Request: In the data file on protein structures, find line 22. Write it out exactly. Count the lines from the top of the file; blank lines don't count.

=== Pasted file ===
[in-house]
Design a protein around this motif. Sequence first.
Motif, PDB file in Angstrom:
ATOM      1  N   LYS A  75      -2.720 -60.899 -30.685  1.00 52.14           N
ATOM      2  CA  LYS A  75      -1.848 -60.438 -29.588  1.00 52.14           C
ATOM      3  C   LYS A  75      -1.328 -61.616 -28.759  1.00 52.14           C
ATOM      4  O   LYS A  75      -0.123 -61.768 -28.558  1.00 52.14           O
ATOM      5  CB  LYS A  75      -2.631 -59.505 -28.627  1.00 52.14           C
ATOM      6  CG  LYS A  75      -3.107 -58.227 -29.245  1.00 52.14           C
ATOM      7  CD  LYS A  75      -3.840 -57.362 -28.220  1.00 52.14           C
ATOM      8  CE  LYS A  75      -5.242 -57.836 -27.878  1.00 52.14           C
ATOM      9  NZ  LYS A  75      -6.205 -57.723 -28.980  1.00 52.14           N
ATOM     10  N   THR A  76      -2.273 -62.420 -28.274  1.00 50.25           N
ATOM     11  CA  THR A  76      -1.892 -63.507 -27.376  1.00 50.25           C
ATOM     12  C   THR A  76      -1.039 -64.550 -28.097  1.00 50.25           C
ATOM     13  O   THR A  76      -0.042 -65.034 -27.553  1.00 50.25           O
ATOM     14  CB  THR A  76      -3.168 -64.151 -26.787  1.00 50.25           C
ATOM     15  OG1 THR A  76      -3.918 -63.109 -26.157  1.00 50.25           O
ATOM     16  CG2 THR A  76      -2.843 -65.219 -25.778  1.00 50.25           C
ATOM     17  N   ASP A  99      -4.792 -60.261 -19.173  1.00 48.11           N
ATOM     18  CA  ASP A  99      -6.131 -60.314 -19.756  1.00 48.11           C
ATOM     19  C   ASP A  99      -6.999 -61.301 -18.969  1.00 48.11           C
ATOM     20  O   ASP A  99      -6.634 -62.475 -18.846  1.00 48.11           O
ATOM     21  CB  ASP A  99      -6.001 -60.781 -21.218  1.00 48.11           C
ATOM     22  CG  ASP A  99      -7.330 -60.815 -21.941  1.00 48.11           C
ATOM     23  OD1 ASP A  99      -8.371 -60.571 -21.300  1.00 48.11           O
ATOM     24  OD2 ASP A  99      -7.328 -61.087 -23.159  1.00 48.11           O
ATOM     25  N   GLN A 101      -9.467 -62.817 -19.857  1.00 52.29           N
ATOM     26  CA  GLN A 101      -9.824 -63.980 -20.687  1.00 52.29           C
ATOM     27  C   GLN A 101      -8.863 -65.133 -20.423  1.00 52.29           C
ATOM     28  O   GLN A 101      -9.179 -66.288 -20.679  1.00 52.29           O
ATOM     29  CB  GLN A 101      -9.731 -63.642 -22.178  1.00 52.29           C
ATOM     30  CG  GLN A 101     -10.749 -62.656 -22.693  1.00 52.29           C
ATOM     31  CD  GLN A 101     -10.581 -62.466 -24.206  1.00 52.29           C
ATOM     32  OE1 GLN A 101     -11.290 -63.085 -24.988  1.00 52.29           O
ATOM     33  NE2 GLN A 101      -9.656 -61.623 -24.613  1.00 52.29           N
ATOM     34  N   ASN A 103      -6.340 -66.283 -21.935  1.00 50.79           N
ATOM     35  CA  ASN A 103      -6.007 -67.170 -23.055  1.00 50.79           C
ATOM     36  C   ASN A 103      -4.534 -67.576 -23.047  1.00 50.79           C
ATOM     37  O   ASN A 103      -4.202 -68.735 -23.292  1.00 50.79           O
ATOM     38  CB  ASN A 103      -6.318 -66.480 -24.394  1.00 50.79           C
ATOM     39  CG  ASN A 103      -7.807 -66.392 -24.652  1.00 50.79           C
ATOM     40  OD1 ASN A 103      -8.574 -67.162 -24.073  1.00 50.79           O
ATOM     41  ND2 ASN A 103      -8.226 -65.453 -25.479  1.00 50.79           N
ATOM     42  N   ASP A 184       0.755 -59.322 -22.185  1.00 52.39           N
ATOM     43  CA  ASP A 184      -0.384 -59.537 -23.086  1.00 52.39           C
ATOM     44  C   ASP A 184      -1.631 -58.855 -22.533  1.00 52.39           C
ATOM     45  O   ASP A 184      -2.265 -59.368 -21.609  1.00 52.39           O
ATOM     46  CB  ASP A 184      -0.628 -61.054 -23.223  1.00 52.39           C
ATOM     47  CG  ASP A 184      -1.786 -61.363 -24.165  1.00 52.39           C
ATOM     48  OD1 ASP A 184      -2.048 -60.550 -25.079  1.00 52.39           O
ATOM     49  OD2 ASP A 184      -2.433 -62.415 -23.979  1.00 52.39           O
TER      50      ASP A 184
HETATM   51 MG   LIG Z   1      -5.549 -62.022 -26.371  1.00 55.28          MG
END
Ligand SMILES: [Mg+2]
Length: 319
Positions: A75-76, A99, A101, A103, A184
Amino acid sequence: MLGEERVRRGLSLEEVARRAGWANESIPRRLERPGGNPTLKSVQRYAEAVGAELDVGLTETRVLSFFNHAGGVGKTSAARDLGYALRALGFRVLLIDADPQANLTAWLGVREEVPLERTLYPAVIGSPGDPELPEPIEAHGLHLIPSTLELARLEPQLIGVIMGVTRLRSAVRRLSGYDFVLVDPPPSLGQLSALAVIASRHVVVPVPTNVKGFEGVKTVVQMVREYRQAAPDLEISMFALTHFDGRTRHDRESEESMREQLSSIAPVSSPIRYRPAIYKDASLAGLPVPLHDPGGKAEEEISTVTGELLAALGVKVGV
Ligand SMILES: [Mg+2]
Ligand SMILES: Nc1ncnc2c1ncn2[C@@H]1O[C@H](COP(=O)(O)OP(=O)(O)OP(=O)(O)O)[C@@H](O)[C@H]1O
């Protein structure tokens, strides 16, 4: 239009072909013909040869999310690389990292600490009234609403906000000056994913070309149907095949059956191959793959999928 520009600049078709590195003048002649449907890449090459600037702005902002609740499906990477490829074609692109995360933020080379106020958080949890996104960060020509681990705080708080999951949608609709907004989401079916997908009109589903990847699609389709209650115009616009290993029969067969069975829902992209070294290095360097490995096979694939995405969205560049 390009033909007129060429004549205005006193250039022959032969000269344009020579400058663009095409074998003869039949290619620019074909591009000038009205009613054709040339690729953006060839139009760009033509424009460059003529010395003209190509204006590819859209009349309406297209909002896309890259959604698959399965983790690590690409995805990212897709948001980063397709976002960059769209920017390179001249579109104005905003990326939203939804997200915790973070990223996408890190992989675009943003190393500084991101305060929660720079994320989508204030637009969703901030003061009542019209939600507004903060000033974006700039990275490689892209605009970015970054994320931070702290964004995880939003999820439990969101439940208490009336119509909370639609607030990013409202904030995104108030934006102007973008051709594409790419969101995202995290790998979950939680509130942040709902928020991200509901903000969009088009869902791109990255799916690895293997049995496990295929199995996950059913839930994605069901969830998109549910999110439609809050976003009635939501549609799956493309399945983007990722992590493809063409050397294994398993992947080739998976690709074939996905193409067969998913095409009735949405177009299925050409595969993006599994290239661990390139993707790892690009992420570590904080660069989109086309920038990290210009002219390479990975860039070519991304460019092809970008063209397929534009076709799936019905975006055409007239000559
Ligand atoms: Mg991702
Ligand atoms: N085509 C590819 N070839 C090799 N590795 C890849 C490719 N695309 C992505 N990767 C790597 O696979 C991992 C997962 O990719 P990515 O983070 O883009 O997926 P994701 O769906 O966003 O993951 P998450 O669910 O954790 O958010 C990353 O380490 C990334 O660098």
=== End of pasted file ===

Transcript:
ATOM     19  C   ASP A  99      -6.999 -61.301 -18.969  1.00 48.11           C